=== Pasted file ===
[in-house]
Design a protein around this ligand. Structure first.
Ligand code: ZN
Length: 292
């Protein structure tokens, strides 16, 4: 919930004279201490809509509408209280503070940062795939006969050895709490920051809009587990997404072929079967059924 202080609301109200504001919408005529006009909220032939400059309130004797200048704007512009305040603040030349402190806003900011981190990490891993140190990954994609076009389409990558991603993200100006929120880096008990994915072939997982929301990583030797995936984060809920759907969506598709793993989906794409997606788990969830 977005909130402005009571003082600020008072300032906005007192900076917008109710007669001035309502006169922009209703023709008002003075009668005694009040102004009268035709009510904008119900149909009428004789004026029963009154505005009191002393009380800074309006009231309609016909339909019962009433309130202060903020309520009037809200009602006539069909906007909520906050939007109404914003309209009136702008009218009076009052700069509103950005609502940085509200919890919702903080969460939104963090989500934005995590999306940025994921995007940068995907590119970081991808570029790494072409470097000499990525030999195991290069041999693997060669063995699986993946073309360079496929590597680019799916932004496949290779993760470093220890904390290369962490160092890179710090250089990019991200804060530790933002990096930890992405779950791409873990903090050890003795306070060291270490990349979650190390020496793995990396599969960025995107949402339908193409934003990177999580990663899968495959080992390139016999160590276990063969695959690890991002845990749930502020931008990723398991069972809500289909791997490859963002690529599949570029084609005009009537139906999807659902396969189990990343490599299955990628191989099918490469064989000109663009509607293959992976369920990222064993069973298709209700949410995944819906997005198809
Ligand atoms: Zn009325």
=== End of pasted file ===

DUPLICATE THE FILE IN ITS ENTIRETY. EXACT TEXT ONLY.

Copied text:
[in-house]
Design a protein around this ligand. Structure first.
Ligand code: ZN
Length: 292
């Protein structure tokens, strides 16, 4: 919930004279201490809509509408209280503070940062795939006969050895709490920051809009587990997404072929079967059924 202080609301109200504001919408005529006009909220032939400059309130004797200048704007512009305040603040030349402190806003900011981190990490891993140190990954994609076009389409990558991603993200100006929120880096008990994915072939997982929301990583030797995936984060809920759907969506598709793993989906794409997606788990969830 977005909130402005009571003082600020008072300032906005007192900076917008109710007669001035309502006169922009209703023709008002003075009668005694009040102004009268035709009510904008119900149909009428004789004026029963009154505005009191002393009380800074309006009231309609016909339909019962009433309130202060903020309520009037809200009602006539069909906007909520906050939007109404914003309209009136702008009218009076009052700069509103950005609502940085509200919890919702903080969460939104963090989500934005995590999306940025994921995007940068995907590119970081991808570029790494072409470097000499990525030999195991290069041999693997060669063995699986993946073309360079496929590597680019799916932004496949290779993760470093220890904390290369962490160092890179710090250089990019991200804060530790933002990096930890992405779950791409873990903090050890003795306070060291270490990349979650190390020496793995990396599969960025995107949402339908193409934003990177999580990663899968495959080992390139016999160590276990063969695959690890991002845990749930502020931008990723398991069972809500289909791997490859963002690529599949570029084609005009009537139906999807659902396969189990990343490599299955990628191989099918490469064989000109663009509607293959992976369920990222064993069973298709209700949410995944819906997005198809
Ligand atoms: Zn009325």